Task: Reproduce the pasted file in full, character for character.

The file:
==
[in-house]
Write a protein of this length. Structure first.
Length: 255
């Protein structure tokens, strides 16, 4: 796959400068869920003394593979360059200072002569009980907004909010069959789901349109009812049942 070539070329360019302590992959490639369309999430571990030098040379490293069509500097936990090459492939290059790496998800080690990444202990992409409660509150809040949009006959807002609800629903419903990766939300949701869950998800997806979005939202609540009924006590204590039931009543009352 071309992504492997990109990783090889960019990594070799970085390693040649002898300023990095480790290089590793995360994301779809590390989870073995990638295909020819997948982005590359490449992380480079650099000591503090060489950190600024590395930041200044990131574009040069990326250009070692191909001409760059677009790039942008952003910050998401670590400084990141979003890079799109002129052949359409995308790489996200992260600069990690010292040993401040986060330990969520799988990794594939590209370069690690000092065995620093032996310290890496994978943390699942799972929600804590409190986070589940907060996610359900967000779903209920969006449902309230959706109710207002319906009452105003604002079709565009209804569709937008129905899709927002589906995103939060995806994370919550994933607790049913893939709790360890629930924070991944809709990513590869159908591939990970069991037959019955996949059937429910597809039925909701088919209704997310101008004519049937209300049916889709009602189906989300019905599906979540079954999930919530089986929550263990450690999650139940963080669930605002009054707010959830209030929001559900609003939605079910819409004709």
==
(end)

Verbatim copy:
[in-house]
Write a protein of this length. Structure first.
Length: 255
């Protein structure tokens, strides 16, 4: 796959400068869920003394593979360059200072002569009980907004909010069959789901349109009812049942 070539070329360019302590992959490639369309999430571990030098040379490293069509500097936990090459492939290059790496998800080690990444202990992409409660509150809040949009006959807002609800629903419903990766939300949701869950998800997806979005939202609540009924006590204590039931009543009352 071309992504492997990109990783090889960019990594070799970085390693040649002898300023990095480790290089590793995360994301779809590390989870073995990638295909020819997948982005590359490449992380480079650099000591503090060489950190600024590395930041200044990131574009040069990326250009070692191909001409760059677009790039942008952003910050998401670590400084990141979003890079799109002129052949359409995308790489996200992260600069990690010292040993401040986060330990969520799988990794594939590209370069690690000092065995620093032996310290890496994978943390699942799972929600804590409190986070589940907060996610359900967000779903209920969006449902309230959706109710207002319906009452105003604002079709565009209804569709937008129905899709927002589906995103939060995806994370919550994933607790049913893939709790360890629930924070991944809709990513590869159908591939990970069991037959019955996949059937429910597809039925909701088919209704997310101008004519049937209300049916889709009602189906989300019905599906979540079954999930919530089986929550263990450690999650139940963080669930605002009054707010959830209030929001559900609003939605079910819409004709």